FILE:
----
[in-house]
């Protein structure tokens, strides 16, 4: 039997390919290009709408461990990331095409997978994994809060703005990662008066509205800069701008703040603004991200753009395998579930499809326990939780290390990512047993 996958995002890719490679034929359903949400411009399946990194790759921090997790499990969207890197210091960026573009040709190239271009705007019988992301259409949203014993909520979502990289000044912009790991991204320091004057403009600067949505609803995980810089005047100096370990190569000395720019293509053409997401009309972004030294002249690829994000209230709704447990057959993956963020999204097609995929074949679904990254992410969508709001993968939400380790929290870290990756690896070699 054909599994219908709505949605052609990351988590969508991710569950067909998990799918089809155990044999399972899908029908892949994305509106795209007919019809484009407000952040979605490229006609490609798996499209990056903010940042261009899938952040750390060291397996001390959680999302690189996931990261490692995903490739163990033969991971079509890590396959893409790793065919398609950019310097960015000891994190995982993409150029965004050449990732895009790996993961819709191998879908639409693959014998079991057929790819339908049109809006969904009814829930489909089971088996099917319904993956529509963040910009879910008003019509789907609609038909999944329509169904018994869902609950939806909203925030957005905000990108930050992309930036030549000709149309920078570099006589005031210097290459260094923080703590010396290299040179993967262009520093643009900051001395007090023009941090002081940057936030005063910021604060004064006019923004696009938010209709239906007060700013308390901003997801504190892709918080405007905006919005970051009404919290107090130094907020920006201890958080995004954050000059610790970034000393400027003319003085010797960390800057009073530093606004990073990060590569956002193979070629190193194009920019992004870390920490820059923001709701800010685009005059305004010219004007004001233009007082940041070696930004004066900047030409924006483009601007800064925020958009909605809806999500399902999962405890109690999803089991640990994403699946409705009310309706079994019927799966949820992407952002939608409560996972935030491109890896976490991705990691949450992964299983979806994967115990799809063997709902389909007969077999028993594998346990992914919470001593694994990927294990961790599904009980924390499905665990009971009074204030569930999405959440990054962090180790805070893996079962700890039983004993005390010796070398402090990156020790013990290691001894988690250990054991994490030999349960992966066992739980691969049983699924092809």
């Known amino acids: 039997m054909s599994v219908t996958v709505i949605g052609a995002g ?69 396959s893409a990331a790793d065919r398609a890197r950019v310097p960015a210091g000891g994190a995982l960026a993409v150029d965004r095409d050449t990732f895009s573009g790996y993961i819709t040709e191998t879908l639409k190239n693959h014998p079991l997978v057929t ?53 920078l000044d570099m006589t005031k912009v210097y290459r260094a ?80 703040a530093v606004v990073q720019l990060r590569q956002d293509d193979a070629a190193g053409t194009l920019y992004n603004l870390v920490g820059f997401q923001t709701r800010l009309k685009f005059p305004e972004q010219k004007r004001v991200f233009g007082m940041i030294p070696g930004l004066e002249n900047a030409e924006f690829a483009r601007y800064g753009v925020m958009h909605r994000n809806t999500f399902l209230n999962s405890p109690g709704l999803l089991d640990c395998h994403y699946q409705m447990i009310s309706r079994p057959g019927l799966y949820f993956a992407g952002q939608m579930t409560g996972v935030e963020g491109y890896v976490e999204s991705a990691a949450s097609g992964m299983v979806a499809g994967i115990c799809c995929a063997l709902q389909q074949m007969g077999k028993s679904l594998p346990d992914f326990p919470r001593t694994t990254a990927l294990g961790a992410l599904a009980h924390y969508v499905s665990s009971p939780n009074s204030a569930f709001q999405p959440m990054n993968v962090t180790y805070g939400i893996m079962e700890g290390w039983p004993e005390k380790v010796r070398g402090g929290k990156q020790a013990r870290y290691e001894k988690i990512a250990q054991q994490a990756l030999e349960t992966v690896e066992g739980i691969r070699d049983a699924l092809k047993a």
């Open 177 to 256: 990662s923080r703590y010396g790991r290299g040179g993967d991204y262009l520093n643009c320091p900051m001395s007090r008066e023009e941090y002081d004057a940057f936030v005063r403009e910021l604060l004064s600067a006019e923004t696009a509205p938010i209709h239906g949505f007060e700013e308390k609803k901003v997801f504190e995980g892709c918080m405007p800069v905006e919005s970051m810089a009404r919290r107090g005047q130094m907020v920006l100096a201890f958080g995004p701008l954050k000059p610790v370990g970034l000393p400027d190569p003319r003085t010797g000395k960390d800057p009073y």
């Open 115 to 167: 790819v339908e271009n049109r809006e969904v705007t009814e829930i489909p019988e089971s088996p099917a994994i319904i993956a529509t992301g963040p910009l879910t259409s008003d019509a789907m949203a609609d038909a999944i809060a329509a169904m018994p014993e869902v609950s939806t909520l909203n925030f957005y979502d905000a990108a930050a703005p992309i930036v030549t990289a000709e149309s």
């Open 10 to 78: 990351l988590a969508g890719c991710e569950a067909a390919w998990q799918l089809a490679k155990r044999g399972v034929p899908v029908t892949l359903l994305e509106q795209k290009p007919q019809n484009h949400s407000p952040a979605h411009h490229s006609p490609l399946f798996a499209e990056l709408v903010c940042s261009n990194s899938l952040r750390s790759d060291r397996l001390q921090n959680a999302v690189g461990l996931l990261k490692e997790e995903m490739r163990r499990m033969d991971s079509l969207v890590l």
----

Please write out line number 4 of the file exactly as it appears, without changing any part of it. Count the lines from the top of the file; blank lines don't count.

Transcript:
């Open 177 to 256: 990662s923080r703590y010396g790991r290299g040179g993967d991204y262009l520093n643009c320091p900051m001395s007090r008066e023009e941090y002081d004057a940057f936030v005063r403009e910021l604060l004064s600067a006019e923004t696009a509205p938010i209709h239906g949505f007060e700013e308390k609803k901003v997801f504190e995980g892709c918080m405007p800069v905006e919005s970051m810089a009404r919290r107090g005047q130094m907020v920006l100096a201890f958080g995004p701008l954050k000059p610790v370990g970034l000393p400027d190569p003319r003085t010797g000395k960390d800057p009073y």